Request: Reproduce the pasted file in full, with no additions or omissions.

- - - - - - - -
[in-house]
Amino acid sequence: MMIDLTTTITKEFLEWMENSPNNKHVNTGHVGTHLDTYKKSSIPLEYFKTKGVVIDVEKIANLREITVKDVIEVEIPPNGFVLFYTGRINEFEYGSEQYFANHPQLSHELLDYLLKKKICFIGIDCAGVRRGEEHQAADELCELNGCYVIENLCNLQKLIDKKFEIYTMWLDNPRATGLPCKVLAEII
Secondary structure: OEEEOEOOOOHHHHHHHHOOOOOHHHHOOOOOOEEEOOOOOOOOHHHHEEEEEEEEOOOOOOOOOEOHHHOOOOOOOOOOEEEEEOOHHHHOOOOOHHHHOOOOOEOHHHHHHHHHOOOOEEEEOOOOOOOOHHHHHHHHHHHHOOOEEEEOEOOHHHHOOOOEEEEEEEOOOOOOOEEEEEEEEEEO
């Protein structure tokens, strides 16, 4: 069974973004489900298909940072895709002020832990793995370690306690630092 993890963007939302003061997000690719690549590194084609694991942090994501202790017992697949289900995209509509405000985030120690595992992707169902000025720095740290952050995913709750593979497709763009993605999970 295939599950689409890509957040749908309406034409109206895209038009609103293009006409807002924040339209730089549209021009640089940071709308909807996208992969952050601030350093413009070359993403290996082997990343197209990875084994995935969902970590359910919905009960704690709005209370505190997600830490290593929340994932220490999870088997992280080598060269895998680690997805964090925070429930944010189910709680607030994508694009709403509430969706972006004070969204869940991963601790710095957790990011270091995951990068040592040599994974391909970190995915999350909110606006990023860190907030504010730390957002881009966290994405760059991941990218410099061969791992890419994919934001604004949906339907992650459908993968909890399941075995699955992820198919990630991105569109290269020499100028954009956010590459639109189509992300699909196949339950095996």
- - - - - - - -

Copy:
[in-house]
Amino acid sequence: MMIDLTTTITKEFLEWMENSPNNKHVNTGHVGTHLDTYKKSSIPLEYFKTKGVVIDVEKIANLREITVKDVIEVEIPPNGFVLFYTGRINEFEYGSEQYFANHPQLSHELLDYLLKKKICFIGIDCAGVRRGEEHQAADELCELNGCYVIENLCNLQKLIDKKFEIYTMWLDNPRATGLPCKVLAEII
Secondary structure: OEEEOEOOOOHHHHHHHHOOOOOHHHHOOOOOOEEEOOOOOOOOHHHHEEEEEEEEOOOOOOOOOEOHHHOOOOOOOOOOEEEEEOOHHHHOOOOOHHHHOOOOOEOHHHHHHHHHOOOOEEEEOOOOOOOOHHHHHHHHHHHHOOOEEEEOEOOHHHHOOOOEEEEEEEOOOOOOOEEEEEEEEEEO
């Protein structure tokens, strides 16, 4: 069974973004489900298909940072895709002020832990793995370690306690630092 993890963007939302003061997000690719690549590194084609694991942090994501202790017992697949289900995209509509405000985030120690595992992707169902000025720095740290952050995913709750593979497709763009993605999970 295939599950689409890509957040749908309406034409109206895209038009609103293009006409807002924040339209730089549209021009640089940071709308909807996208992969952050601030350093413009070359993403290996082997990343197209990875084994995935969902970590359910919905009960704690709005209370505190997600830490290593929340994932220490999870088997992280080598060269895998680690997805964090925070429930944010189910709680607030994508694009709403509430969706972006004070969204869940991963601790710095957790990011270091995951990068040592040599994974391909970190995915999350909110606006990023860190907030504010730390957002881009966290994405760059991941990218410099061969791992890419994919934001604004949906339907992650459908993968909890399941075995699955992820198919990630991105569109290269020499100028954009956010590459639109189509992300699909196949339950095996």